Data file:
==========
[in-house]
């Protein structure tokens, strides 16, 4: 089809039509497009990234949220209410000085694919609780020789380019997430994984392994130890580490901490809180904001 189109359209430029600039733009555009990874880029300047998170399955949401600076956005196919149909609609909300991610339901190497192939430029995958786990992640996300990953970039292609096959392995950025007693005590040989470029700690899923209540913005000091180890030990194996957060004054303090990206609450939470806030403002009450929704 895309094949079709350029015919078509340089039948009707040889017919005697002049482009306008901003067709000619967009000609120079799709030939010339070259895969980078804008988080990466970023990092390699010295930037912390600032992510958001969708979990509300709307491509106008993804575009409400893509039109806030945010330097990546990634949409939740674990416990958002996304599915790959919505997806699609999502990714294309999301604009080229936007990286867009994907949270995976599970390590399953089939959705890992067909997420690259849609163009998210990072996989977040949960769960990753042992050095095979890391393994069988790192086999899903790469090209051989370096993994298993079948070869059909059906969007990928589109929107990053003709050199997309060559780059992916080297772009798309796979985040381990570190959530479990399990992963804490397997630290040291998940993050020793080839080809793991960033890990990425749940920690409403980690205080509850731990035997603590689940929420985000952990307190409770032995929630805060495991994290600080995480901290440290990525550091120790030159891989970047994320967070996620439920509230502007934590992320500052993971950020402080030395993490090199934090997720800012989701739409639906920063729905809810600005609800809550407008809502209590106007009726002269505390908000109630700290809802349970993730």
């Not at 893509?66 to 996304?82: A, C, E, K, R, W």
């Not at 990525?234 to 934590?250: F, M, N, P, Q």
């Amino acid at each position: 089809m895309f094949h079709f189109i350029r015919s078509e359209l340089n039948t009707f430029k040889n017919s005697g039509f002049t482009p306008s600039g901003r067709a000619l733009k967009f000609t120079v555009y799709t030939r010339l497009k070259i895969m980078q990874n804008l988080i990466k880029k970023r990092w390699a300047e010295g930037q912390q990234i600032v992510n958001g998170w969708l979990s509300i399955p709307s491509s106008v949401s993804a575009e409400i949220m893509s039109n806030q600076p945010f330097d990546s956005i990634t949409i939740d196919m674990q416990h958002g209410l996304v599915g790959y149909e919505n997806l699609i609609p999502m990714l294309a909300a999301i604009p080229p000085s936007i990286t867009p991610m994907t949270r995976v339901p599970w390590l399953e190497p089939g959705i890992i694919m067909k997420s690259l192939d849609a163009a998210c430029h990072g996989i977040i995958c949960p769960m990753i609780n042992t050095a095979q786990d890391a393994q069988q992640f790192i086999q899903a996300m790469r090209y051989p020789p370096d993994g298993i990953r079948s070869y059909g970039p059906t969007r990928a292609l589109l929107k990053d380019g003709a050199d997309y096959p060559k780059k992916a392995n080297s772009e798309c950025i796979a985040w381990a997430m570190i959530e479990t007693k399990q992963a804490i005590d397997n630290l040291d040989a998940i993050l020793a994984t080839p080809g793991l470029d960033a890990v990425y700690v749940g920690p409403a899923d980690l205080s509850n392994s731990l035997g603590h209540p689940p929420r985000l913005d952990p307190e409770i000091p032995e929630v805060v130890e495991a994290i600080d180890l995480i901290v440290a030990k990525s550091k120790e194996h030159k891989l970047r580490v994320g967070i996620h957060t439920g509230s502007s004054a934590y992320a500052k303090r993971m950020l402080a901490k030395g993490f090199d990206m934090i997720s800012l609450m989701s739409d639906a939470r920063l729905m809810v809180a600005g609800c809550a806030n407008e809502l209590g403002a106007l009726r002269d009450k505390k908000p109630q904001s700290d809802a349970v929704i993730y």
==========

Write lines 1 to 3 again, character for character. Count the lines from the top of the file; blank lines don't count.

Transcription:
[in-house]
């Protein structure tokens, strides 16, 4: 089809039509497009990234949220209410000085694919609780020789380019997430994984392994130890580490901490809180904001 189109359209430029600039733009555009990874880029300047998170399955949401600076956005196919149909609609909300991610339901190497192939430029995958786990992640996300990953970039292609096959392995950025007693005590040989470029700690899923209540913005000091180890030990194996957060004054303090990206609450939470806030403002009450929704 895309094949079709350029015919078509340089039948009707040889017919005697002049482009306008901003067709000619967009000609120079799709030939010339070259895969980078804008988080990466970023990092390699010295930037912390600032992510958001969708979990509300709307491509106008993804575009409400893509039109806030945010330097990546990634949409939740674990416990958002996304599915790959919505997806699609999502990714294309999301604009080229936007990286867009994907949270995976599970390590399953089939959705890992067909997420690259849609163009998210990072996989977040949960769960990753042992050095095979890391393994069988790192086999899903790469090209051989370096993994298993079948070869059909059906969007990928589109929107990053003709050199997309060559780059992916080297772009798309796979985040381990570190959530479990399990992963804490397997630290040291998940993050020793080839080809793991960033890990990425749940920690409403980690205080509850731990035997603590689940929420985000952990307190409770032995929630805060495991994290600080995480901290440290990525550091120790030159891989970047994320967070996620439920509230502007934590992320500052993971950020402080030395993490090199934090997720800012989701739409639906920063729905809810600005609800809550407008809502209590106007009726002269505390908000109630700290809802349970993730």
């Not at 893509?66 to 996304?82: A, C, E, K, R, W």